Court strikes down limits on filming of police in Arizona


By Kirsty Needham

SYDNEY (Reuters) -Kiribati’s parliament has voted to remove Australian-born High Court Judge David Lambourne, who said on Friday the move was politically motivated and an attack on the independence of the Pacific Island nation’s judiciary.

The parliament voted to accept the recommendation of a special tribunal to remove Lambourne for misbehaviour.

An attempt to deport Lambourne, a judge who is married to Kiribati’s opposition party leader, sparked a judicial crisis two years ago in the remote atoll nation in a case closely watched by the United Nations and international legal groups.

In a statement on Friday, Lambourne said he was saddened that the parliament had voted to advise the president he should be removed from office as a judge.

“This has been a process motivated not by a desire to do right by the Constitution, but by politics, and the fabric of our democracy has been weakened as a result,” he said.

“Despite no complaint ever having been made to the Chief Justice about my conduct, or the performance of my judicial functions, the (President) established a Tribunal to investigate me based on the flimsiest of allegations raised by the Chair of his own political party,” he added.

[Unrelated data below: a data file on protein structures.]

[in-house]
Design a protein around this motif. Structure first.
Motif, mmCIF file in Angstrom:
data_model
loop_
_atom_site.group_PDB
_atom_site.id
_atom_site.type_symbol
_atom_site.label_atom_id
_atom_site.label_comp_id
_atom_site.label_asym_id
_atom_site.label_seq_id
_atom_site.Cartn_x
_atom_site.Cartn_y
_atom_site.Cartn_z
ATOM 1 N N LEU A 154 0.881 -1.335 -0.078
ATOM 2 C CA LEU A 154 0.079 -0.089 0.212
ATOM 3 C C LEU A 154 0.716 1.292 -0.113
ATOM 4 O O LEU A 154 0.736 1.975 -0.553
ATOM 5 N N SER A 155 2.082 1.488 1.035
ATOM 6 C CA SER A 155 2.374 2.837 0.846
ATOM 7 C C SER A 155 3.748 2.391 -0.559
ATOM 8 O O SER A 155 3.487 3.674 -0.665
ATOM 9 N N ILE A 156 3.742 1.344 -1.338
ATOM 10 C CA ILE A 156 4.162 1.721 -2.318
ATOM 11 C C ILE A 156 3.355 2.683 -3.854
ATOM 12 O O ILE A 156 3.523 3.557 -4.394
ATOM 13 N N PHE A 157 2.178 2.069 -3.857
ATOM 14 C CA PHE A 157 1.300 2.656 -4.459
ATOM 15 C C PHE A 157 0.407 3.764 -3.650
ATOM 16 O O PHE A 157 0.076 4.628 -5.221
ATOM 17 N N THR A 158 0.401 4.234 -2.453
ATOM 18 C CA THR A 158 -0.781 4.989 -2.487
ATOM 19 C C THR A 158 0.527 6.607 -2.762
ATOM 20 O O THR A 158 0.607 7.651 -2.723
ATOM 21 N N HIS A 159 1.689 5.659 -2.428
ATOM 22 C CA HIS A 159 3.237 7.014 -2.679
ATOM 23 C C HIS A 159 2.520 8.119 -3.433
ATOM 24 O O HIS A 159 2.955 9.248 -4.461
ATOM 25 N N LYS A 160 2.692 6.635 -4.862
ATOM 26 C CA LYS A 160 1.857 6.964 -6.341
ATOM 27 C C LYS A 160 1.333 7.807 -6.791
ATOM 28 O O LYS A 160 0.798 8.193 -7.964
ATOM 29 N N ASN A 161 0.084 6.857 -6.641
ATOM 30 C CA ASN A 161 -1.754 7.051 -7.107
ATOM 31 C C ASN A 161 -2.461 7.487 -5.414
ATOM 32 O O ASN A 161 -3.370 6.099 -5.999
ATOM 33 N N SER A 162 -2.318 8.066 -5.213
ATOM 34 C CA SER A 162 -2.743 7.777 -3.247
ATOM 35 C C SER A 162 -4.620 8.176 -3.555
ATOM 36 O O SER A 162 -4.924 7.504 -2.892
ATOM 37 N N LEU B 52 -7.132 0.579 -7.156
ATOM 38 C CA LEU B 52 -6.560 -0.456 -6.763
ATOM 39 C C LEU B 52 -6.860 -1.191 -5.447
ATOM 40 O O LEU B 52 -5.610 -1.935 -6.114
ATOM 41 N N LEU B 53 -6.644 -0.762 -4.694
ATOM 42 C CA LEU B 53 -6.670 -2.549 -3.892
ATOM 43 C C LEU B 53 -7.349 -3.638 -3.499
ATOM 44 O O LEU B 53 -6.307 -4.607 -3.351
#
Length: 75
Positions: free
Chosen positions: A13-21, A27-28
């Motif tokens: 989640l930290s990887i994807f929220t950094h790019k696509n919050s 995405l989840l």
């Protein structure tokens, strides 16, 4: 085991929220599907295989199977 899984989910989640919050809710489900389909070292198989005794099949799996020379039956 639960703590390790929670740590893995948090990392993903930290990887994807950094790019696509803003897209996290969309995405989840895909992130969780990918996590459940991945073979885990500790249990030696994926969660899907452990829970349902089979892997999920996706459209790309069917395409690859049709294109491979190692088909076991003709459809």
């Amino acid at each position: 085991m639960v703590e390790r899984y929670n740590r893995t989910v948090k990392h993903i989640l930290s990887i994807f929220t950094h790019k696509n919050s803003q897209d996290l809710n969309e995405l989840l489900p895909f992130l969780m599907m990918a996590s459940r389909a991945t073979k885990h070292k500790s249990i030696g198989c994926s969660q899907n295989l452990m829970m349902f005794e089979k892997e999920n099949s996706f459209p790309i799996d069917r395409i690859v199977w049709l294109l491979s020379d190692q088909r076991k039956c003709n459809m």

The Kiribati president’s office did not respond to a request for comment.

The tribunal report said Lambourne delayed delivery of written reasons in a judgement in a case during an election period. Lambourne had argued the delay was because he was stranded outside Kiribati due to COVID-19 border closures.

A resident of Kiribati for 30 years, Lambourne has been living there without a visa or salary since 2022 when President Taneti Maamau suspended him. Maamau then suspended all three Court of Appeal judges and the chief justice after they ruled Lambourne should not be deported.

Kiribati will hold national elections this year, and Lambourne appeared in court last month in a failed bid to have his suspension overturned.

The attempt to deport Lambourne in August 2022 failed when a Fiji Airlines pilot refused to accept Lambourne on the plane against his will.

The High Court ruled earlier this month that Lambourne must not be deported until parliament considers the outcome of a special tribunal.

Lambourne said on Friday he was not given a fair hearing by the tribunal.

“There has been a concerted attack on the independence of the Judiciary in Kiribati by the (president) and the Executive over the past 2 years.”

In a letter to Kiribati in September 2023, Margaret Satterthwaite, U.N. Special Rapporteur on the independence of judges and lawyers, expressed alarm at the suspensions of four judges, and concern the tribunal investigating Lambourne was headed by a lay magistrate with no formal legal qualifications.

Kiribati’s parliament is sitting for its final session this month, before dissolving in May ahead of national elections.

(Reporting by Kirsty Needham; Editing by Michael Perry)



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